It was 12-year aged balsamic vinegar, and it reminded her of an aged vinegar she had tasted long ago. That one bottle caused Moreno, the practical-minded owner of an accounting practice and mother of two college-age kids, to follow her heart down a new path, one that would end in travel, friendship – and olive oils from around the world.

“I wasn’t doing what I wanted to do. I was doing what I was good at and what would feed my family,” says Moreno, who spends winters in Palm Beach Gardens. “Something just clicked and it catapulted me into it.”

She tracked down the vinegar and started selling it, along with four different types of olive oil at the local farmers market in Palm Beach Gardens, just as a hobby. Then in November 2008 she went to Italy to study with an olive oil sommelier. (Yes, they exist, as well as the olive oil police).

The following spring, she went to her first olive oil trade show and the hobby turned into a profession. She began visiting olive oil producers, developing personal relationships and strictly evaluating each olive oil.

One of five daughters in an Italian-American family and a lifelong traveler, Moreno started sampling olive oil at a young age.

“I always had this thing about olive oil. Wherever I would go, I’d want to try the new olive oil,” she says. “Like wine, you have different olives, different soils, different climates.”

She carries 24 different oils, one from each olive-producing country, three from different regions in the United States and also from eight out of the 16 olive oil regions in Italy (though she plans on collecting them all).

“It’s painstaking,” she says. “I’ve been looking for an oil from Puglia for almost three years.”

She deals only with truly small producers, many whom have never had their product sold in the United States.

Moreno describes her olive oils as if describing a wine: buttery, nutty, grassy, robust, smooth, full fruit, light fruit, medium fruit. She suggests a sprinkle of a nutty olive oil over hummus, buttery olive oil with fried eggs, fruity for roasting vegetables, light if you dislike the taste but want the health benefits. Once, she had a fruity olive oil drizzled over ice cream (“It made the palate go crazy”).

“Olive oil is like wine. Everyone’s palate is different. That’s why I have very light and buttery and very strong, pungent olive oil. I have olive oil that goes the entire spectrum. And it’s fun, I get to try all of them,” she says.

She seeks the perfect combination of taste and beauty.

“It can’t just be an exceptional olive oil. It can’t just be an exceptional looking olive oil. It has to be presentable and exceptional,” she says.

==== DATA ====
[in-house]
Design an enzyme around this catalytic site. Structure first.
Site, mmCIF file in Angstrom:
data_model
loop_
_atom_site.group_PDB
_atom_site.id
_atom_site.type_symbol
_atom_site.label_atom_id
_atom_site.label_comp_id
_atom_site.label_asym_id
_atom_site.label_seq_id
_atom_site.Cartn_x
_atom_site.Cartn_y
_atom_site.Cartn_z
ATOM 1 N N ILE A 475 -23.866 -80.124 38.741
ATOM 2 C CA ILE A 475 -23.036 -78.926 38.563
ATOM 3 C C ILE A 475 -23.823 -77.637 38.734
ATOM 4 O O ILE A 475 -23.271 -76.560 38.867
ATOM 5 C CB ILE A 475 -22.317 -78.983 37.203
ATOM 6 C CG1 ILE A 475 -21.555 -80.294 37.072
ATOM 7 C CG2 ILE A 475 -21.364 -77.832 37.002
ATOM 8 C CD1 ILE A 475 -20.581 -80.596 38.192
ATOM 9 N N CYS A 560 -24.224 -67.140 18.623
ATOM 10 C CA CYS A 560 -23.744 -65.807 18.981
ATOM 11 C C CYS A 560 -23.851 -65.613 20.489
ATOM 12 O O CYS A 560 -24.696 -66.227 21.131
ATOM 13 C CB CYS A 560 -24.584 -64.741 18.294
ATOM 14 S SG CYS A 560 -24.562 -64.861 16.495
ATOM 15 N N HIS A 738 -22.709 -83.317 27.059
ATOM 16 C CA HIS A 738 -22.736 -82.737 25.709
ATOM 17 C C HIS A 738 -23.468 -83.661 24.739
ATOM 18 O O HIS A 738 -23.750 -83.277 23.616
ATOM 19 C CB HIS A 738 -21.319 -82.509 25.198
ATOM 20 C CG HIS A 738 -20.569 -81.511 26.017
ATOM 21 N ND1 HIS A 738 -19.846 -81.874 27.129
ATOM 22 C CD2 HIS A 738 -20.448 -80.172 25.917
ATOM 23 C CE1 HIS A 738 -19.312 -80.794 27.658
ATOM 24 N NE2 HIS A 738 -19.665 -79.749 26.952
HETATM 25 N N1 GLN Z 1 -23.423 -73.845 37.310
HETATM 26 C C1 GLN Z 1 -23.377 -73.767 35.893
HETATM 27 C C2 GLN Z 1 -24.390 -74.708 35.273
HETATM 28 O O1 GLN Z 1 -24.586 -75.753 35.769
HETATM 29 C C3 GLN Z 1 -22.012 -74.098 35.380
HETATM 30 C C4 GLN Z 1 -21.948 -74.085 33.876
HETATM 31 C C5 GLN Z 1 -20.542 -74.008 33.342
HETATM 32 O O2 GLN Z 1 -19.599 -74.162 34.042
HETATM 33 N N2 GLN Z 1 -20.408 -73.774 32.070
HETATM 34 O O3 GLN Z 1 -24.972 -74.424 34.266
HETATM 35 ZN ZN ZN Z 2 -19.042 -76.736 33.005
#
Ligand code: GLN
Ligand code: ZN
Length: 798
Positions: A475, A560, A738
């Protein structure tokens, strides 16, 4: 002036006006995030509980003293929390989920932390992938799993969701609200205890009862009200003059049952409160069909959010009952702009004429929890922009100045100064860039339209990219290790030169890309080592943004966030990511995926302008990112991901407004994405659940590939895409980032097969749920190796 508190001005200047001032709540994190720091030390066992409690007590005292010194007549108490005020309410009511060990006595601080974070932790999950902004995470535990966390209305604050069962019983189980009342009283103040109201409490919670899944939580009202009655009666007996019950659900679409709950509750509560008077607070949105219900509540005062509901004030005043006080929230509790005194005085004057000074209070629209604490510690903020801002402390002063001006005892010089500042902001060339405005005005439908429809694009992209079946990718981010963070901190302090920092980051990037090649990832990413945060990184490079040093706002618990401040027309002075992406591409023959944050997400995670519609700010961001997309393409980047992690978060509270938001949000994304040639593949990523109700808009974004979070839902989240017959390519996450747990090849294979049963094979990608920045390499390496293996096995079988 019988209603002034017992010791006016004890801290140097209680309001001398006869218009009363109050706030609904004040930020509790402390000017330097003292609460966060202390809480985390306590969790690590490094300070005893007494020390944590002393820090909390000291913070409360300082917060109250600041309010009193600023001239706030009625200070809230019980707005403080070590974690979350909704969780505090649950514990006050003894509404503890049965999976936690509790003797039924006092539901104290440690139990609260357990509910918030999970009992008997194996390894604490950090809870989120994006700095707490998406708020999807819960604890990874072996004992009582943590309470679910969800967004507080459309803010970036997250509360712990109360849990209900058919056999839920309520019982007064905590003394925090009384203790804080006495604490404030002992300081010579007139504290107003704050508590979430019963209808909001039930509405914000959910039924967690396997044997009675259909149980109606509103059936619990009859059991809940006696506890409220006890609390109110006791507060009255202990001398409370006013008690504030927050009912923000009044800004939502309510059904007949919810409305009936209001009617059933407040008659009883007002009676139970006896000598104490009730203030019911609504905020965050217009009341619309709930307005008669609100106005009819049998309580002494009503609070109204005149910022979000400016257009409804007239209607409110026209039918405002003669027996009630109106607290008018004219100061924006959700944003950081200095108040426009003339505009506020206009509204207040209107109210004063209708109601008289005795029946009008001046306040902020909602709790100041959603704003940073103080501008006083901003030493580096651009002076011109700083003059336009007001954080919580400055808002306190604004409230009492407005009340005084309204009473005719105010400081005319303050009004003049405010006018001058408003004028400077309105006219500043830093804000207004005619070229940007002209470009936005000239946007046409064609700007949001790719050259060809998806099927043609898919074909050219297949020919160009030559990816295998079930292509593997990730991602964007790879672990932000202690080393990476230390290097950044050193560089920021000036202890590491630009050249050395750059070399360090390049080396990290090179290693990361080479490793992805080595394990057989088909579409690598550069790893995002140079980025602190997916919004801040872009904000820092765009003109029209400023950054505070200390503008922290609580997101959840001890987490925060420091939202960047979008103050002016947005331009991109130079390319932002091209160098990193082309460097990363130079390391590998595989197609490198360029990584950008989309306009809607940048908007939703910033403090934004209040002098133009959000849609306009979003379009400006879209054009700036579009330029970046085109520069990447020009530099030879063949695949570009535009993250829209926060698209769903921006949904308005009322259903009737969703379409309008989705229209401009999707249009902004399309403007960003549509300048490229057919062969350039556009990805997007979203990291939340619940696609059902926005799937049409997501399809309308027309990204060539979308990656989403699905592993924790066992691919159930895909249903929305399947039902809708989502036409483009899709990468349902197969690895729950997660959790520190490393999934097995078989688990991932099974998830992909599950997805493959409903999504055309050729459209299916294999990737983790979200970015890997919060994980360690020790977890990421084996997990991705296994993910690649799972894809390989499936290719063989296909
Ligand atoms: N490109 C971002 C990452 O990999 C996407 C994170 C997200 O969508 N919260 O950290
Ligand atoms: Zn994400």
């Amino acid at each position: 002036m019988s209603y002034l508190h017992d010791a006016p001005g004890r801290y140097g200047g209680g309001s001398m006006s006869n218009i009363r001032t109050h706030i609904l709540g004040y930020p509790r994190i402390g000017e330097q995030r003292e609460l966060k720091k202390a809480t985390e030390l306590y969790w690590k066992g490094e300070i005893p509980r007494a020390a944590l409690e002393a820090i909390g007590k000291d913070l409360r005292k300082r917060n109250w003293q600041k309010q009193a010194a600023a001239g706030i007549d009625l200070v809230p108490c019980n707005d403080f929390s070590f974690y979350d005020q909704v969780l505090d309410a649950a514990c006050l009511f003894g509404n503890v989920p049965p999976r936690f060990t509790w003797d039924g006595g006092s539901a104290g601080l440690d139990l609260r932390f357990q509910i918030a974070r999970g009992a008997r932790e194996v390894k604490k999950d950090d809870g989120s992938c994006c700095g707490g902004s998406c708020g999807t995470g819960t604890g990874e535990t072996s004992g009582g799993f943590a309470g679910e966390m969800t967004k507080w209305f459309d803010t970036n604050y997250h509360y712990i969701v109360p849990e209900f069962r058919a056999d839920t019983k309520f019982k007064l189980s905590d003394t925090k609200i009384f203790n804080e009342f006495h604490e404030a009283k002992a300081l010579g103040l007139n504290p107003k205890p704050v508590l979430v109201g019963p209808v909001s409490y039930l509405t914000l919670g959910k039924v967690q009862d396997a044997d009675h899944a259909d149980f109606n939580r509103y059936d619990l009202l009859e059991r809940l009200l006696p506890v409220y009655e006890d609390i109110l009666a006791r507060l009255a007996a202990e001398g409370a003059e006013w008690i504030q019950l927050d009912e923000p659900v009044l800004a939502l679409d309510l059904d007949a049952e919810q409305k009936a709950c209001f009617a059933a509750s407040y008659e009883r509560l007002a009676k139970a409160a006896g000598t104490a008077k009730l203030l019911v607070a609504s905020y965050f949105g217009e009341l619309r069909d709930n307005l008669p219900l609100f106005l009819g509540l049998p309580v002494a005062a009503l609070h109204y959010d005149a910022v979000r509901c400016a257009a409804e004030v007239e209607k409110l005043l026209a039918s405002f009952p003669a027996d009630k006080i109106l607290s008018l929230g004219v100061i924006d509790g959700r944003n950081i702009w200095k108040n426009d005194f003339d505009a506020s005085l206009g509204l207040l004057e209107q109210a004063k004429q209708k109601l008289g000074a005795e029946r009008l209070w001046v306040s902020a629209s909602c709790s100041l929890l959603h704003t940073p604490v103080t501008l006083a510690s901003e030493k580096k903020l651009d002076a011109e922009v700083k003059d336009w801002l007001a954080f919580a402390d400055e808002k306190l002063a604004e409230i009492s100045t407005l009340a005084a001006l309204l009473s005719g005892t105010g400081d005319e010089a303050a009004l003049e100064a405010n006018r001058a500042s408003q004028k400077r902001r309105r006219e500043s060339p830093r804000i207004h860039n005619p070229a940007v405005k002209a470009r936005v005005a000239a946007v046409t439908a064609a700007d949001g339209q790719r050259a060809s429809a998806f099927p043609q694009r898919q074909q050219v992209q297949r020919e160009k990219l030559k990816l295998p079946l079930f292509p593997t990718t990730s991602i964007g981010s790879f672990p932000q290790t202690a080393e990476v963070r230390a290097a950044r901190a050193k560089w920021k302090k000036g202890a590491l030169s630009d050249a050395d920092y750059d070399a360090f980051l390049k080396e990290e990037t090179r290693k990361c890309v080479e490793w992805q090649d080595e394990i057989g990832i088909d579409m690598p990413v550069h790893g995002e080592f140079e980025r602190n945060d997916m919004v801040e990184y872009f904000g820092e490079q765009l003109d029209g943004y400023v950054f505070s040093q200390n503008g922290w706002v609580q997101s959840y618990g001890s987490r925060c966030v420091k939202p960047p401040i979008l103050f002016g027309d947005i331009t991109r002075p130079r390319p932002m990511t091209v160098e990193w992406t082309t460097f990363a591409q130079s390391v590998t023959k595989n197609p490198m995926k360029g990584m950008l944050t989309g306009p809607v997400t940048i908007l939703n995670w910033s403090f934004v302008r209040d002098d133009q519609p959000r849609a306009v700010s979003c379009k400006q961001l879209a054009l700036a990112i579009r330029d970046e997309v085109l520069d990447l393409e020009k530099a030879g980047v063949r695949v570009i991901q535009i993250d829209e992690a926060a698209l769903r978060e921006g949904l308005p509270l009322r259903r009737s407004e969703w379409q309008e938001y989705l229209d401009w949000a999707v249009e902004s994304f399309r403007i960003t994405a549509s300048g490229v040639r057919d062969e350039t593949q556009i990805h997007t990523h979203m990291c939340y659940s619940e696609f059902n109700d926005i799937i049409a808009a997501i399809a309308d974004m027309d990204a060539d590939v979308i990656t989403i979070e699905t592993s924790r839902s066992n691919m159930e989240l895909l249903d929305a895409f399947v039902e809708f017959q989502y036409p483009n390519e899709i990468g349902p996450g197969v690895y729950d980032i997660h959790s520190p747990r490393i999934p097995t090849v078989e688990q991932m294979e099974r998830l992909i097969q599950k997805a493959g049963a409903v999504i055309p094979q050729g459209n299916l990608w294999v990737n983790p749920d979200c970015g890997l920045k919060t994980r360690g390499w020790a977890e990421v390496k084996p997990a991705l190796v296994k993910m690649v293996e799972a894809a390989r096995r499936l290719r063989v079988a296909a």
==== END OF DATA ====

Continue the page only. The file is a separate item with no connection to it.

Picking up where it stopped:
As her business grows, Moreno plans to start bottling balsamic vinegar herself, and she plans to open a showroom as the Internet business grows every day.

“I love this job,” she says. “I used to make a lot more money as an accountant. But I love this job.”

OLIVE OILS OF THE WORLD

During the season, you can find Ersilia Moreno and her oils at local farmer’s markets – Saturdays at the West Palm Beach GreenMarket and Sundays at the Gardens GreenMarket in Palm Beach Gardens.

Stop by her booth and try some of her bottled goods. She also sells specialty vinegars (including that magical balsamic), Calabrian chili paste, apple-pomegranate olive oil jam and other specialty items.

And if you can’t catch her at a green market, you can always find her olive oils online: visit OliveOilOfTheWorld.com.

ERSILIA’S OLIVE OIL CAKE

Ersilia Moreno says she got the idea for this cake from the At Home with Michael Chiarello cookbook. “I played around with ingredients making about 10 different cakes and then, if I do say so myself, I finally created the best olive oil cake recipe around.”

She enjoys this cake with balsamic-marinated strawberries.

Serves: 12

4 eggs

1 3/4 cups firmly packed light brown sugar

1 cup Oro Verde Lucano (light and buttery) extra-virgin olive oil

1 1/2 cups milk

Grated zest of 1 large orange and 1 lemon

1 cup whole wheat flour

1 cup unbleached all-purpose flour

1 1/4 teaspoons baking powder

1/2 teaspoon baking soda

Pinch of salt

Confectioners’ sugar for dusting

Preheat oven to 350º.

Prepare a Bundt pan with olive oil and flour.

Beat together the eggs and brown sugar until thick and frothy. Slowly add the olive oil. Then add the orange and lemon zests and continue mixing well.

In another bowl, stir together the flour, baking powder, baking soda and salt. Alternating in 2 batches add ½ of the flour mixture to the egg mixture, then ½ of the milk, mixing until just blended with no lumps. Do not over mix. Pour the batter into the prepared pan.

Bake until a toothpick inserted into the center comes out clean, about 1 hour. Remove to a wire rack to cool completely.

Loosen the sides with a knife and invert onto a serving plate. Dust the cake with confectioners’ sugar.